Although household bleach is not as caustic as many other household chemicals, if it comes into direct contact with skin, it can irritate the skin and cause a burning sensation. If you do not wash it off right away, bleach can eventually burn the skin and cause tissue damage. Chemical burns from bleach can lead to scars and disfigurement.
The Two Types of Household Bleach
There are two types of bleach used in households: chlorine bleach and peroxide bleach. Chlorine bleach is more common in the U.S. while peroxide bleach is more common in Europe. People use bleach for brightening whites in the laundry, removing stains, disinfecting, and sterilizing.
Other common uses that might lead to chemical burns include:
- Bleaching hair
- Bleaching teeth
- Lightening dark patches, sun damage, or age spots
How can bleach cause chemical burns?
Bleach can cause chemical burns under the following circumstances:
- Not following instructions
- Leaving a bleach-based product on the teeth, skin or hair for too long (can lead to scalp or lip burns)
- Applying bleach-based products in places or in manners for which they are not intended
- Use by people with skin sensitivities or allergies
- Bleach splashing in the eyes or mouth or onto skin, such as while cleaning with bleach
What should I do after suffering a chemical burn from bleach?
If you have a chemical burn caused by bleach, immediately place the affected skin under cool (not cold) running water. Treat all chemical burns as medical emergencies. Call for emergency medical help or get to an emergency room as soon as possible. Irrigate the burned area for 15-20 minutes.
Note: Begin irrigating the burn before removing any clothing or jewelry. If jewelry or clothing is stuck to the skin, do not attempt to remove it.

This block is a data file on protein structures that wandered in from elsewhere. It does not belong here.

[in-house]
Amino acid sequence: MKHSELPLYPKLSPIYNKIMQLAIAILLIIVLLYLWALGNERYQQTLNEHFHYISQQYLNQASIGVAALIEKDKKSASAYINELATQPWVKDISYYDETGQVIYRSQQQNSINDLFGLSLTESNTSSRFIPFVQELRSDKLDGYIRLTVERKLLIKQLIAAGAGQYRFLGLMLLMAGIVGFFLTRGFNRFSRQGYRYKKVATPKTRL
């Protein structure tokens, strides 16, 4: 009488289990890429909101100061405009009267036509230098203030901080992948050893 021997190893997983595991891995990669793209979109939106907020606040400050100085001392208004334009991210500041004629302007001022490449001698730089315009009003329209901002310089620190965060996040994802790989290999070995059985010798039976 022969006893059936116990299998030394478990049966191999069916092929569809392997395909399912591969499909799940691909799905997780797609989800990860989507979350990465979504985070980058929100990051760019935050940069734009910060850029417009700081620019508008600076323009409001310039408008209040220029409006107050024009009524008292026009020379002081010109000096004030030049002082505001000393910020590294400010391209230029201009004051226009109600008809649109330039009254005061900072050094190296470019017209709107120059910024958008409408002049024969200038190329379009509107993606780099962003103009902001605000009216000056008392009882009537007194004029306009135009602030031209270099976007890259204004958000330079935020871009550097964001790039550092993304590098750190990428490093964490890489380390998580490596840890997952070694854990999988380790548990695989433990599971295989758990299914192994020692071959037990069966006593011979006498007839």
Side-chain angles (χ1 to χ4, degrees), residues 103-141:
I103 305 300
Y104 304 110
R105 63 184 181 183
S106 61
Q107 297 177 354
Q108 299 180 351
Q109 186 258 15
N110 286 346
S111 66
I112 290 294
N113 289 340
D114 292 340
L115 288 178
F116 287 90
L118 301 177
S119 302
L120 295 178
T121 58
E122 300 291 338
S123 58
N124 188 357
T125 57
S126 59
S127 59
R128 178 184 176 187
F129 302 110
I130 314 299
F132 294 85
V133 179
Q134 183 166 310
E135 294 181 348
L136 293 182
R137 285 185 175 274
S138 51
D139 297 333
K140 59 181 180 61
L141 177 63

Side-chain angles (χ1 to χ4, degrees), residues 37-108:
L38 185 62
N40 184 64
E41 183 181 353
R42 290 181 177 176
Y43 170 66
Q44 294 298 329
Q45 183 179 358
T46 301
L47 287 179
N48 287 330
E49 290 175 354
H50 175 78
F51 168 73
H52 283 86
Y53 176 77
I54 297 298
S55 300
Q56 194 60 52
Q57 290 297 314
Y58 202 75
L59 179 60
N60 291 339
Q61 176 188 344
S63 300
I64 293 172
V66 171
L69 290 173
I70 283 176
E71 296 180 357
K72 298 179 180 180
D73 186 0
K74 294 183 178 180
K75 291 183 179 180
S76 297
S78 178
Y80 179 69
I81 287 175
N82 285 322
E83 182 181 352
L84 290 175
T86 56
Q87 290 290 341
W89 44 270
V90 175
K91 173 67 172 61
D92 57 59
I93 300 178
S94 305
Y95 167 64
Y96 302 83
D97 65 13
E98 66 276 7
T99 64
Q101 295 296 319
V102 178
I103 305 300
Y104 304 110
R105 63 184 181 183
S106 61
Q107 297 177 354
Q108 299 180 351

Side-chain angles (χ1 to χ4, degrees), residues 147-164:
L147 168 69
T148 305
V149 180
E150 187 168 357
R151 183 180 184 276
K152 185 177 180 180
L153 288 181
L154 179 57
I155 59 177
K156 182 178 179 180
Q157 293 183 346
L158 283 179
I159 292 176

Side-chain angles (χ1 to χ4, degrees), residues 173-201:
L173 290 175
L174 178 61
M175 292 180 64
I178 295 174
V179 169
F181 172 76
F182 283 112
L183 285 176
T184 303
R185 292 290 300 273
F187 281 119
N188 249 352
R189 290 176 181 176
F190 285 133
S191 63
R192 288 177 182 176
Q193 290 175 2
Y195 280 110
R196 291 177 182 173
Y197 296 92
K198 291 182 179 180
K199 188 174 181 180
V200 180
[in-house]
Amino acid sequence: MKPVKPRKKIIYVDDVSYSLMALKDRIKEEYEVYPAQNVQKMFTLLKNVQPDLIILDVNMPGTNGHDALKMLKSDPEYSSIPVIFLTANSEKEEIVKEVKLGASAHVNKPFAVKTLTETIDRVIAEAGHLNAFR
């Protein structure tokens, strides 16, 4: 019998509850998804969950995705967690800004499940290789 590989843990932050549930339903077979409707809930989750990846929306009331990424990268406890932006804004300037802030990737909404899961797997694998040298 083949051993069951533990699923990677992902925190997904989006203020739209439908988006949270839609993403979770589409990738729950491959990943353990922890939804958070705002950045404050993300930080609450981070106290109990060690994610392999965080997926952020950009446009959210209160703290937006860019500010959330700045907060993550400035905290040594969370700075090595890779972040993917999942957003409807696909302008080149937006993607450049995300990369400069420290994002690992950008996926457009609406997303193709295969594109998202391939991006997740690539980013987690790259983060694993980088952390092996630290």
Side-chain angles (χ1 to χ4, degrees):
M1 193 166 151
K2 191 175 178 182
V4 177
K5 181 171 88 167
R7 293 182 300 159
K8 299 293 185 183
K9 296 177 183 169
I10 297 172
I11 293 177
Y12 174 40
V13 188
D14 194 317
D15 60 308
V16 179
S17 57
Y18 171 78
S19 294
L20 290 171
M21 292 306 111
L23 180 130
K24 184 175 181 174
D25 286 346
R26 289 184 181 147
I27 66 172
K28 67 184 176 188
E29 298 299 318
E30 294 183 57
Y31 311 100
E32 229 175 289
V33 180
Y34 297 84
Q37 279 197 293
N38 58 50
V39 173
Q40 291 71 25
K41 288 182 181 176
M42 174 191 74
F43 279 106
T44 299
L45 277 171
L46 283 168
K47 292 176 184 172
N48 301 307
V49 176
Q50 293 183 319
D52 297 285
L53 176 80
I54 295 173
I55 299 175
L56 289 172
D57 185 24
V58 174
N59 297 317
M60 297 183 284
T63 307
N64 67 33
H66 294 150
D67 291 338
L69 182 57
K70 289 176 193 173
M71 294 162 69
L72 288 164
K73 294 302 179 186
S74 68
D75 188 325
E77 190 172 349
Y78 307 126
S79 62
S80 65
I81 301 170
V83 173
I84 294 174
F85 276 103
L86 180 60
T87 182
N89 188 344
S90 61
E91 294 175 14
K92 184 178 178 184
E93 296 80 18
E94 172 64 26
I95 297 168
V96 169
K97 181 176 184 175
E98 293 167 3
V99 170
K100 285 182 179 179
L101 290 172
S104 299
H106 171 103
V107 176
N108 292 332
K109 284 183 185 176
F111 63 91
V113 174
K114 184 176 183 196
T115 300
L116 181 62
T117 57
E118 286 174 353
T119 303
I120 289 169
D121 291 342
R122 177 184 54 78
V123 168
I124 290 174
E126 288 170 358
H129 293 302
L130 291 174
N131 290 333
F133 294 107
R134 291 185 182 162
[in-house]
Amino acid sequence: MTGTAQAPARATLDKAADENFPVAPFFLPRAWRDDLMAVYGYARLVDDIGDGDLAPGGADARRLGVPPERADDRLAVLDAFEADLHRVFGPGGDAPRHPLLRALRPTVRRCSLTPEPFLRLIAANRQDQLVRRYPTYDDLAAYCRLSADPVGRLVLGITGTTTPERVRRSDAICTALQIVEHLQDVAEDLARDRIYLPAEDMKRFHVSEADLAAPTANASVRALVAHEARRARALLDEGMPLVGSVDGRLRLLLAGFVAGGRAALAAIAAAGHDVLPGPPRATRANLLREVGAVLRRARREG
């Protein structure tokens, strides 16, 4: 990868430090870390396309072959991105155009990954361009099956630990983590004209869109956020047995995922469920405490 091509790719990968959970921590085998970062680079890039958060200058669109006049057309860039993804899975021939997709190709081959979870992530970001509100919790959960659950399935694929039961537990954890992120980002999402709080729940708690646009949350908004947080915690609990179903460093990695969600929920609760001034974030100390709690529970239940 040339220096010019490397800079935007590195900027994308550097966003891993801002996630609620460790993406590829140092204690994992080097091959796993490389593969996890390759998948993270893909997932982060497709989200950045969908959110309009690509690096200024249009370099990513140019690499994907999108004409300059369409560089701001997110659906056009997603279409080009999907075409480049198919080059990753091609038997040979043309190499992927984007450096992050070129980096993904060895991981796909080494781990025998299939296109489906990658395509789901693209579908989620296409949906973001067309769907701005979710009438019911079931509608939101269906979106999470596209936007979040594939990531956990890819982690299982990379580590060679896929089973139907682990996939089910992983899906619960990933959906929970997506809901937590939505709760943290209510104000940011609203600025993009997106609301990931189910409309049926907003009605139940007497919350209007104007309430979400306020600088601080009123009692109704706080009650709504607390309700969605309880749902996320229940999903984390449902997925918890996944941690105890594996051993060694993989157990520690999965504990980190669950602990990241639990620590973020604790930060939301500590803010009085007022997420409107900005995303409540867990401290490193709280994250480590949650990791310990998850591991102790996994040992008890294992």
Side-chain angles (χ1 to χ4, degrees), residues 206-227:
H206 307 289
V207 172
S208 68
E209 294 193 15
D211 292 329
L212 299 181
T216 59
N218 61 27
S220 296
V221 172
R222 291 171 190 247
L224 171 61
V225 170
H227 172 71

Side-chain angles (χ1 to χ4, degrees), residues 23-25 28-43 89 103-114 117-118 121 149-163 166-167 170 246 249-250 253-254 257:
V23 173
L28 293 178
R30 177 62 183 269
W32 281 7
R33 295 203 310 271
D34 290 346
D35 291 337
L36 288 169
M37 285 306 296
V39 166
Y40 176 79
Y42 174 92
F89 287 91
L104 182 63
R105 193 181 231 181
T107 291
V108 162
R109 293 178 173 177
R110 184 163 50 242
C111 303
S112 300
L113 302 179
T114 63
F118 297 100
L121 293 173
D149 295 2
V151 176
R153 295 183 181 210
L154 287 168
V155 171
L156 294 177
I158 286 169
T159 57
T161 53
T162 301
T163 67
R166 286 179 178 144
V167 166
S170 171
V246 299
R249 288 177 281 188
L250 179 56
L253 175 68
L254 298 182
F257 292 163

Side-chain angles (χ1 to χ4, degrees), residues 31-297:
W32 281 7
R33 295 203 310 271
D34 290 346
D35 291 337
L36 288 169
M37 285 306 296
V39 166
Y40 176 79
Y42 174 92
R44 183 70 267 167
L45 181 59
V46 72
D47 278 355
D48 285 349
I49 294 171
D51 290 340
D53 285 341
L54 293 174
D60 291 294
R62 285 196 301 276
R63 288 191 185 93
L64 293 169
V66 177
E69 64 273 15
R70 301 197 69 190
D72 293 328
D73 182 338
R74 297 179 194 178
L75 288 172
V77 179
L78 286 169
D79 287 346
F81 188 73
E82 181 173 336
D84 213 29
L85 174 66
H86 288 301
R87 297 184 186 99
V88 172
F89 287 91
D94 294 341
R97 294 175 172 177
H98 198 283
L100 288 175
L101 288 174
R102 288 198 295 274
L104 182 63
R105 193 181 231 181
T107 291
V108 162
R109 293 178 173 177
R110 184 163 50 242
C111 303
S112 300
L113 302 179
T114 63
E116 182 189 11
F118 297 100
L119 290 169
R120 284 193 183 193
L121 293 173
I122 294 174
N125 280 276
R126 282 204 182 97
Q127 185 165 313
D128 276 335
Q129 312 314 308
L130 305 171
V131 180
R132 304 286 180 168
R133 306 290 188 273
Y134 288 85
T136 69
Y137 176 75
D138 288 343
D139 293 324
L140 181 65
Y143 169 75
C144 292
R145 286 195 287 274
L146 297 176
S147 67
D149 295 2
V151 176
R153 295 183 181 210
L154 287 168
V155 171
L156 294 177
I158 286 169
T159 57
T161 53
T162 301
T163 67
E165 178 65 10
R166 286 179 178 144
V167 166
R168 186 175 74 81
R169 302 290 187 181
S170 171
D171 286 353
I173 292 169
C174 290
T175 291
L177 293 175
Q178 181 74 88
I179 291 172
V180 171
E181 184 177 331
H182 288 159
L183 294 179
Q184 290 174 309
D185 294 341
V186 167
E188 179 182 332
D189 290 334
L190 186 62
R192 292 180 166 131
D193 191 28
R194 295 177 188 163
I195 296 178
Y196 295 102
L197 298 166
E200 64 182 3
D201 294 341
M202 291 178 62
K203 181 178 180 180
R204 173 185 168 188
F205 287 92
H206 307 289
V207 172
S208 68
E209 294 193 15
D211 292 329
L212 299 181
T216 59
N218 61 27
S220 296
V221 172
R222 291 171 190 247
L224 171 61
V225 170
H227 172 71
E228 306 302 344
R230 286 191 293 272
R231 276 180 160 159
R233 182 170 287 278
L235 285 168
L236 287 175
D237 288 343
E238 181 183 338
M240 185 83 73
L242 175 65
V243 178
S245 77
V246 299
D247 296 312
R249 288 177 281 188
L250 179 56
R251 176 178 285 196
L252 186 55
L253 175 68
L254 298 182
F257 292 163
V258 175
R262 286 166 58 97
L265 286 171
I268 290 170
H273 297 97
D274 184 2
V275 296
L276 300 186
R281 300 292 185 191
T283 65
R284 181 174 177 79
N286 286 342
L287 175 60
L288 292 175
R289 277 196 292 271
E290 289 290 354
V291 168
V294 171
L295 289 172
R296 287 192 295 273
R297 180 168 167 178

If you have a chemical burn in your eyes, begin irrigating immediately, get to the emergency room, and schedule an appointment with an eye specialist as these burns can cause blindness.
Medical personnel will assess the severity of your bleach burn and determine the appropriate treatment.
Infection, Pain, Scarring & Body Image after a Bleach Burn
Preventing infection: You must keep the wound clean in order to prevent infection. Follow all the doctor’s aftercare orders to keep the wound from becoming infected.
Pain relief: Doctors may recommend over-the-counter analgesics or prescription pain medication for pain relief. Do not take any medication without first clearing it with your doctor.
Scarring: If you have a bleach burn on your face, it is imperative that you seek immediate medical attention to avoid or minimize scarring and disfigurement. Several options exist to minimize the risk of scarring. Discuss them with your doctor.
Body image: While bleach chemical burns are rarely fatal, they can be painful and disfiguring. After the burn heals, you may notice changes in the color of your skin at the injury site. Bleach lightens skin tone, so scarring from bleach burns can result in long-term light spots or patches on the skin. This can lead to social anxiety and body image issues.
Can I recover compensation for my burn injuries?
If you suffered a bleach-related chemical burn due to another party’s negligence, you may have grounds to file a legal claim. For more information on what to do after a bleach chemical burn or for help finding an attorney who can help you, contact our lawyer referral specialists today: 844-549-8774.